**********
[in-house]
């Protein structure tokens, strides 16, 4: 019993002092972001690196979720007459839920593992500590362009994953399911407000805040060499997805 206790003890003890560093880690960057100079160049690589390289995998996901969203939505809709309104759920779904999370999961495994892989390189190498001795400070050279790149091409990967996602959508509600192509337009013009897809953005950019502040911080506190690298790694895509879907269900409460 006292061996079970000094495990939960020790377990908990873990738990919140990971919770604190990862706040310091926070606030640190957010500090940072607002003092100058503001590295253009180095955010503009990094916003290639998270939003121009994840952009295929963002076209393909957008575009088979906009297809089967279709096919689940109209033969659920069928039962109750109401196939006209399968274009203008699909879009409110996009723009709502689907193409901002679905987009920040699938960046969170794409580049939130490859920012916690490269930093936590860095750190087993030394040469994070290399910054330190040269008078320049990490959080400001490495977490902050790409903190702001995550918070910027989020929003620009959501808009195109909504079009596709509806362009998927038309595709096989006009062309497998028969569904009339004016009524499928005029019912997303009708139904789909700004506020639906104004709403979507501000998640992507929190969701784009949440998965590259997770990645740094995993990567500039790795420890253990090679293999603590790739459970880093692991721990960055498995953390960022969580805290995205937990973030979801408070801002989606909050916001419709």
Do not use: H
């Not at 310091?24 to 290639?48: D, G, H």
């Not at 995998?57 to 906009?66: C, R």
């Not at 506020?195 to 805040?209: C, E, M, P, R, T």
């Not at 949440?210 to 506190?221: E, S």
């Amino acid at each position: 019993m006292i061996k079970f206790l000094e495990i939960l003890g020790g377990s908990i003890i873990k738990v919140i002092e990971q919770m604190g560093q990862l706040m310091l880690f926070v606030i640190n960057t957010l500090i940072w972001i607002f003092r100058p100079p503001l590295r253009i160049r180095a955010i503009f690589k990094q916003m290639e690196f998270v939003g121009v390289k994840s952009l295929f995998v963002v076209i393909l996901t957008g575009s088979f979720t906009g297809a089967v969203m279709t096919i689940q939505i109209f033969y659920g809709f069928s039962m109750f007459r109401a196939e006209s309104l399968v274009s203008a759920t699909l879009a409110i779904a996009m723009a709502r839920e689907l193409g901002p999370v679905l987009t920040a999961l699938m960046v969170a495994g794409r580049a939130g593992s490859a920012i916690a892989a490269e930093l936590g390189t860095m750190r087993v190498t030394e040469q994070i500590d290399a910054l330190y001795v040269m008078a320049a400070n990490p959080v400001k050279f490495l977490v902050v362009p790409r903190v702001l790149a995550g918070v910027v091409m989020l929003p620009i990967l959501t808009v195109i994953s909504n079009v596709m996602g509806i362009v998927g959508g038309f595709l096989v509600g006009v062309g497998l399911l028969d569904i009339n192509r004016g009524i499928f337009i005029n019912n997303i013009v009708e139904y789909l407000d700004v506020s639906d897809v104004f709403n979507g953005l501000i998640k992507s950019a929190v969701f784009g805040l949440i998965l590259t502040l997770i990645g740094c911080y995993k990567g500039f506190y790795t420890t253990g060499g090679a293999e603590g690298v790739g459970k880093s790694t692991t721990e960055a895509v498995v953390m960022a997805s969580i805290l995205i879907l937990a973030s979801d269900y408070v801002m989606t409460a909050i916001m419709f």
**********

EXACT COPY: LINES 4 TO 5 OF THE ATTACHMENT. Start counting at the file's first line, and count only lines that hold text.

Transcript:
């Not at 310091?24 to 290639?48: D, G, H």
């Not at 995998?57 to 906009?66: C, R």